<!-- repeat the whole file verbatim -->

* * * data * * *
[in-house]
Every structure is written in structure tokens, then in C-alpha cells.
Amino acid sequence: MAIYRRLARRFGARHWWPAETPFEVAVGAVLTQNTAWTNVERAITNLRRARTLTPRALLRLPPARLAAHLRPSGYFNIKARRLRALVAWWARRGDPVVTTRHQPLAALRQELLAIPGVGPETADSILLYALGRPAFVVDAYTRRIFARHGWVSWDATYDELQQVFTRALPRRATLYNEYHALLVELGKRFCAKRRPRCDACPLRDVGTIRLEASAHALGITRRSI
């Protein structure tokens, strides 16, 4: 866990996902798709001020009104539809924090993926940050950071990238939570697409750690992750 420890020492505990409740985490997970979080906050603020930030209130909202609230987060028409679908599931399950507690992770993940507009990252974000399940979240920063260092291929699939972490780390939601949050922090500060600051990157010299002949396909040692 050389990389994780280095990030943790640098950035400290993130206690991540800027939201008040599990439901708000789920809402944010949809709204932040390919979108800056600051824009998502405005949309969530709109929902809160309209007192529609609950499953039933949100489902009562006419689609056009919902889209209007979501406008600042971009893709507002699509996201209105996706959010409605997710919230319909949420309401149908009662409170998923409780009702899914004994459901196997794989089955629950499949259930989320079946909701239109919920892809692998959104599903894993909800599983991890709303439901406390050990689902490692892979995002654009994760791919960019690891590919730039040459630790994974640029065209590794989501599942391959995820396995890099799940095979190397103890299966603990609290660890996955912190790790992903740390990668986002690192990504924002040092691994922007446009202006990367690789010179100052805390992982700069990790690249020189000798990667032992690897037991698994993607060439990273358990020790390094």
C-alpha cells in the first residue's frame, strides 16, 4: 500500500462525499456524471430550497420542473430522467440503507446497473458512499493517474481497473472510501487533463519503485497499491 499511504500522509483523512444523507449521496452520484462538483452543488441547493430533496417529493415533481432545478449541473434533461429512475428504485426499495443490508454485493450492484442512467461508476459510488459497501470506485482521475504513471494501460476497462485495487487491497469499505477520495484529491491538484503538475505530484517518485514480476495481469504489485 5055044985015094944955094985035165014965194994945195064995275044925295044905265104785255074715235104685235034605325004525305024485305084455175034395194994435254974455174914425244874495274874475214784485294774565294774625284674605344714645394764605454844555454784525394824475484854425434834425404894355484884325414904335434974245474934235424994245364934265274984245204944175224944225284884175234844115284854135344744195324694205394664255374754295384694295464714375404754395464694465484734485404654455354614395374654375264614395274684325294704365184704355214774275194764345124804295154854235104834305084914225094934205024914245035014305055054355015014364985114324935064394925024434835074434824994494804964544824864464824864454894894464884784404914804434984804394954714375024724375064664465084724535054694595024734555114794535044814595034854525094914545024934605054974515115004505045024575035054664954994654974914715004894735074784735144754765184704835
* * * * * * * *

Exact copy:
[in-house]
Every structure is written in structure tokens, then in C-alpha cells.
Amino acid sequence: MAIYRRLARRFGARHWWPAETPFEVAVGAVLTQNTAWTNVERAITNLRRARTLTPRALLRLPPARLAAHLRPSGYFNIKARRLRALVAWWARRGDPVVTTRHQPLAALRQELLAIPGVGPETADSILLYALGRPAFVVDAYTRRIFARHGWVSWDATYDELQQVFTRALPRRATLYNEYHALLVELGKRFCAKRRPRCDACPLRDVGTIRLEASAHALGITRRSI
């Protein structure tokens, strides 16, 4: 866990996902798709001020009104539809924090993926940050950071990238939570697409750690992750 420890020492505990409740985490997970979080906050603020930030209130909202609230987060028409679908599931399950507690992770993940507009990252974000399940979240920063260092291929699939972490780390939601949050922090500060600051990157010299002949396909040692 050389990389994780280095990030943790640098950035400290993130206690991540800027939201008040599990439901708000789920809402944010949809709204932040390919979108800056600051824009998502405005949309969530709109929902809160309209007192529609609950499953039933949100489902009562006419689609056009919902889209209007979501406008600042971009893709507002699509996201209105996706959010409605997710919230319909949420309401149908009662409170998923409780009702899914004994459901196997794989089955629950499949259930989320079946909701239109919920892809692998959104599903894993909800599983991890709303439901406390050990689902490692892979995002654009994760791919960019690891590919730039040459630790994974640029065209590794989501599942391959995820396995890099799940095979190397103890299966603990609290660890996955912190790790992903740390990668986002690192990504924002040092691994922007446009202006990367690789010179100052805390992982700069990790690249020189000798990667032992690897037991698994993607060439990273358990020790390094």
C-alpha cells in the first residue's frame, strides 16, 4: 500500500462525499456524471430550497420542473430522467440503507446497473458512499493517474481497473472510501487533463519503485497499491 499511504500522509483523512444523507449521496452520484462538483452543488441547493430533496417529493415533481432545478449541473434533461429512475428504485426499495443490508454485493450492484442512467461508476459510488459497501470506485482521475504513471494501460476497462485495487487491497469499505477520495484529491491538484503538475505530484517518485514480476495481469504489485 5055044985015094944955094985035165014965194994945195064995275044925295044905265104785255074715235104685235034605325004525305024485305084455175034395194994435254974455174914425244874495274874475214784485294774565294774625284674605344714645394764605454844555454784525394824475484854425434834425404894355484884325414904335434974245474934235424994245364934265274984245204944175224944225284884175234844115284854135344744195324694205394664255374754295384694295464714375404754395464694465484734485404654455354614395374654375264614395274684325294704365184704355214774275194764345124804295154854235104834305084914225094934205024914245035014305055054355015014364985114324935064394925024434835074434824994494804964544824864464824864454894894464884784404914804434984804394954714375024724375064664465084724535054694595024734555114794535044814595034854525094914545024934605054974515115004505045024575035054664954994654974914715004894735074784735144754765184704835